The essence of WA’s north captured on canvas…

Painted in remarkable accuracy, the essence of WA’s north – proud peoples, outback life, Indigenous ways and breathtaking beauty – is being captured on canvas by two Broome artists.

In a town brimming with talented artists, Betty Rupe and Craig Rochford have rare, true insight into the fabric of this unique niche of the world.

The artists bring out the stealth of the stock rider, the lined face of the pearl diver, Indigenous ways and the dust of the cattle muster amid the north’s luscious landscape.

It is part of Betty and Craig, ingrained in their self-consciousness and at their core.

Craig was born in Broome, schooled with just five non-Indigenous students and 350 Aboriginal kids.

He knows them, speaks their town-talk fluently and knows and respects their ways. Craig became a pearl diver, working with the last of the legendary Japanese hard-hat divers.

With his knowledge and passion for his “backyard”, the Kimberley, Craig became a committed sculptor before turning to brushes and oils and finally opting to make art his primary objective, supported by casual and part-time jobs like fruit-picking, melon farming and commercial recycling.

Craig met Perth-born Betty after she rode into town and opened a riding school. Betty, an experienced stock rider and riding teacher, turned to art – something she’d never contemplated despite having an artist mother (Perth’s Diane Newton, 74, who still paints).

A few years short of 50, the couple juggle jobs between to support their three kids, 7, 12 and 14, and themselves.

Caught-up in Broome’s property price explosion when their rented home was sold, they were forced into a smaller home in town.

“I came to Broome at 25, did some paintings and gave them away. Because of the interest here, I started selling then exhibiting, entering art prizes, displaying at Broome markets and selling prints,” she said.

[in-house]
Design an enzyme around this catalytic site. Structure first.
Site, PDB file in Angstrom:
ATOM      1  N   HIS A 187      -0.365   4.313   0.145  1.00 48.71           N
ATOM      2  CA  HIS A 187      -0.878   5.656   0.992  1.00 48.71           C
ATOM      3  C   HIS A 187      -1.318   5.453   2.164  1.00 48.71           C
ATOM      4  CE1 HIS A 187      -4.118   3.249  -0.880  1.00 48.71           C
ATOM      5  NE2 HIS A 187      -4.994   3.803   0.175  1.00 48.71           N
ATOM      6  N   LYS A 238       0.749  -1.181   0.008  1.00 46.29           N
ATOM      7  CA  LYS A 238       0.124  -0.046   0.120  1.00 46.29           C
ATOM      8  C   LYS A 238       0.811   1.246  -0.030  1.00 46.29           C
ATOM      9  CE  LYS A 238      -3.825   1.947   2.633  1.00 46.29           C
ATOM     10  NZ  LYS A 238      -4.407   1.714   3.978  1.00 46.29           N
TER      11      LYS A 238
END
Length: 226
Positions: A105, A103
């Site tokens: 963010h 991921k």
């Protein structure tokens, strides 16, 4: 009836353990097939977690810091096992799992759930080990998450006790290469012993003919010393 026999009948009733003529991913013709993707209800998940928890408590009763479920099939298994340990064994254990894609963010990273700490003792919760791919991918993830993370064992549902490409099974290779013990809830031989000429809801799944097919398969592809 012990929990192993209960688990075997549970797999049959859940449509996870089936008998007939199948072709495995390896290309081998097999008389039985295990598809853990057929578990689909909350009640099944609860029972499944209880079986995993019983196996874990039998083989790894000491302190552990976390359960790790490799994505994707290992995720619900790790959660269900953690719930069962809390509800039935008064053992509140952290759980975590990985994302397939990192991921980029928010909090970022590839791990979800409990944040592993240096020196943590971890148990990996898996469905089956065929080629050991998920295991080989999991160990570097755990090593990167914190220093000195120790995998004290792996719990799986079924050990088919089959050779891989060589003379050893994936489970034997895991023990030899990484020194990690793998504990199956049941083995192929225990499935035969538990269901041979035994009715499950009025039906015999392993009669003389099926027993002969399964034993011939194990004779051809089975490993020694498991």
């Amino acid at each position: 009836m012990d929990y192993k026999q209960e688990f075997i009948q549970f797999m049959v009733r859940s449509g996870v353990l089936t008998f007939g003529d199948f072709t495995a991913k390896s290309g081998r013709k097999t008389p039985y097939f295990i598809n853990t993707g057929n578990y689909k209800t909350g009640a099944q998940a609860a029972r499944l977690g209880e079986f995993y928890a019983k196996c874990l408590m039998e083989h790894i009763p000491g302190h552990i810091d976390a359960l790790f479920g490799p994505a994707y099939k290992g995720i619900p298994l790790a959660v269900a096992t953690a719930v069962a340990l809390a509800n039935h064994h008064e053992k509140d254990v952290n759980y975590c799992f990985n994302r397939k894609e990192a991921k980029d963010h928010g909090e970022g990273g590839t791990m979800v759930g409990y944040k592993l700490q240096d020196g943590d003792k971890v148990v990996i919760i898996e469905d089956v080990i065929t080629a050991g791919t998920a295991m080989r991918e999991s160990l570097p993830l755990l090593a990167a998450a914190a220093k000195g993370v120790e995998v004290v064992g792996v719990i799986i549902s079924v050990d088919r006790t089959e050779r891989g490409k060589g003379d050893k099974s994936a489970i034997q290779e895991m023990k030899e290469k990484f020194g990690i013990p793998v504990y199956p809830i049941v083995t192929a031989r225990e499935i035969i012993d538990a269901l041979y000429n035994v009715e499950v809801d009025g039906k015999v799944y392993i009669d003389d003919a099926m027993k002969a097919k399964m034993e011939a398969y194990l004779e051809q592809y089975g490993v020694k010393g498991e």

“When I came to Broome, it was with my horse-riding business. I had 12 horses taking about six tourists to the beach to walk, trot and canter the horses.

“I sold the business when I started painting – which was because I discovered the Kimberley.

 “I paint for myself, I don’t really like to do commissions but I have done some. It’s not about what will sell. We don’t paint to sell but to express what we want to paint and put on canvas.”

Craig says they are aware that what they have inside themselves and that all their local knowledge, experience and feel for the Kimberley should be recorded because younger artists may not be able to relate it in the same insiders’ way.

“Work is now secondary to us. It supports the kids and us but the work we do is just a means to an end,” he says.

“About 50 per cent of what we sell pays for materials.”

Betty says: “I like subjects that make me go ‘wow’. I have a strong connection with horses from my time on stock routes out of Wagga Wagga, droving where I had contact with animals. 

“I love it all, everything. I love smell of cow poo.”

Riding horses since she was five, Betty was a child drover of cattle around stock routes. She became a registered track rider, a level-one riding coach and Broome racecourse clerk-of-course. 

Working in the cattle yards, she regularly headed out in the bush.

“It’s a life that I loved. I never thought of being creative or painting. A friend with an art degree showed me how to prepare and use oil paints.”

Betty has painted bucking horses and rodeos – popular subjects for art buyers – but says: “I don’t favor that hard side with art. I’m more the soft side, the sense of the romantic.”

Craig’s topics include popular tourist topics: Boabs, camels and stairway-to-the-moon.

“We paint what we feel and sometimes do commissions. There’s never enough time to keep up with everything.

“We’d be happy to have more exposure – just to be well-known and appreciated,” he said.

Their finished works range from $200 for prints to $5,500 for large-scale originals.

Betty says: “A lot of people don’t know they are good artists but up here they are taken-in by the landscape and the environment. It makes you see things.”

The couple’s home is a tight fit for the three boys and themselves plus reference material including books, prints and photos.

Craig says: “We have a good respect for each other, for the other’s personal space.”

Betty says: “Yes, we’re organized. I work on the left side the lounge room. Craig works on the right.”